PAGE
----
Terri Harper Facing Her Toughest Test in Natasha Jonas?

Will Harper – Jonas be a Classic Battle or a Classic Blowout?


By Phil Woolever


Friday night’s intriguing clash between Terri Harper and Natasha Jonas at Matchroom’s Fight Camp in England could have all the ingredients of an instant classic.




Depending on how the overhead stars align at Brentwood, Essex, the bout also has the makings of a one-sided debacle.


When super-featherweight titlist Harper defends her WBC and IBO belts against challenger Jonas, many astute observers consider it a contest in which either fighter has a decent chance of winning. In some ways they do match up as fairly equal.


Each woman has 10 professional fights. Harper is undefeated with five knockouts and Jonas is 9-1 with 7 KOs. Both are known for their solid conditioning and considered to be at the forefront of British women’s boxing.


Harper and Jonas also have similar physiques. Harper has been listed   between 5’6 and 5’8 ½, and comparisons between the pair during fight week look like Harper has a slight edge in height and reach, give or take a shoe size.


Perhaps most crucial of all, both women have those very formidable stoppage percentages which they both look to add to.


“I’m gonna go for the stoppage,” promised Harper at the final press conference. “She’s yet to really prove herself as a professional. I believe if I land a good clean shot, it’s lights out.”


“Everything we believe Terri can bring, I believe we have covered,” countered Jonas. “If I’m not giving it my all, I shouldn’t be here. If I land cleanly, I believe she’ll go.”


If they both score with heavy leather, we could get a classic indeed, but that’s just about where the similarities end in a bout billed as the first time in boxing history two British women meet for a world championship.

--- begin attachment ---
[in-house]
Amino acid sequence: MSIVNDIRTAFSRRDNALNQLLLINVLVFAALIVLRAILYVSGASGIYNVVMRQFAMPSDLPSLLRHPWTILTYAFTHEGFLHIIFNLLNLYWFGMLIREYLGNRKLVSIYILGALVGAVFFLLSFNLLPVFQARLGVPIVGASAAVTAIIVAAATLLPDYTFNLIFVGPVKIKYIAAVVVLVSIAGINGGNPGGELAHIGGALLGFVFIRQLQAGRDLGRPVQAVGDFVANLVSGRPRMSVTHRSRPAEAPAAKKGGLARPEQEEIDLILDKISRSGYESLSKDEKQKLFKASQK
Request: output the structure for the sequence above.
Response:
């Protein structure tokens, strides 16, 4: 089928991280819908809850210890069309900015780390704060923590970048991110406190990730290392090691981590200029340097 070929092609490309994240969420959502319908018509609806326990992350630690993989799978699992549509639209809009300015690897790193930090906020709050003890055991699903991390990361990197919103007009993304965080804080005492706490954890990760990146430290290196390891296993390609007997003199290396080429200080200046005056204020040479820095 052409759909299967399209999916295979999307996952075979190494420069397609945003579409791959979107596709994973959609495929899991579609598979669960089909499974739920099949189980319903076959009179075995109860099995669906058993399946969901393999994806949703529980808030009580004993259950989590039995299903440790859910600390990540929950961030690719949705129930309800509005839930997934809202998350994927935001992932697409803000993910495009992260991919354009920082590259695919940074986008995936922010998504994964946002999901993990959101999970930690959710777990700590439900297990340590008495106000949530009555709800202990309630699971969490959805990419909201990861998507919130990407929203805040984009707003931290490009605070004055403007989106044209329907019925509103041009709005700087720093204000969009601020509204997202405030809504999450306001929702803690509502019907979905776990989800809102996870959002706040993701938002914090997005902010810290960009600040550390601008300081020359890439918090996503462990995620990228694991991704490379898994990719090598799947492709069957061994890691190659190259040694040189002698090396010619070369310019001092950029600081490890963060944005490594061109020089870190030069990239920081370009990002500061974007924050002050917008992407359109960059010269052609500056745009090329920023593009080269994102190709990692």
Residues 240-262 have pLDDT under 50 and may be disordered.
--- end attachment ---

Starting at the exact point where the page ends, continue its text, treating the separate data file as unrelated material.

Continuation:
Harper’s recent form is that of a stalking fighter with a straight up stance who sets up openings behind a punishing jab. She has not made many adjustments in her last fights, but she hasn’t had to.


Jonas has superior movement and slicker technique. Her best chance is to stay on her toes all night long.


Harper seems to get her KO power from raw strength and disciplined leverage. Jonas seems to get hers from accumulated speed, counters, and adapted angles.


Jonas has an extensive, highly successful amateur background. Harper not so much, observing “For me, professional and amateur boxing are two completely different sports.”


Each seems hungry and says the pressure is on their opponent, but their reasons are polar opposites. Harper is 13 years younger and considered to still be maturing. Jonas is, admittedly, much nearer to the finale of her fistic campaign.


“A lot of people have said the pressure’s on me, but I’m just enjoying the journey,“ claims Harper. “The pressure is on her. I popped up from out of nowhere and I’m just enjoying the occasion. What’s she gonna do when she takes a loss to me, is that the end of her career? Is this her last chance to really prove herself?”


“There’s no pressure on me,” responded Jonas, maintaining a very calm demeanor. “I know she’s the favorite. She’s the champion, she’s got to keep hold of it. She’s been very vocal about that, now she needs to go out and prove it. There’s nothing she does better than me and I’ll go out and prove it on August 7th. I’ll be prepared and I’ll keep going whether it’s one round or ten rounds.”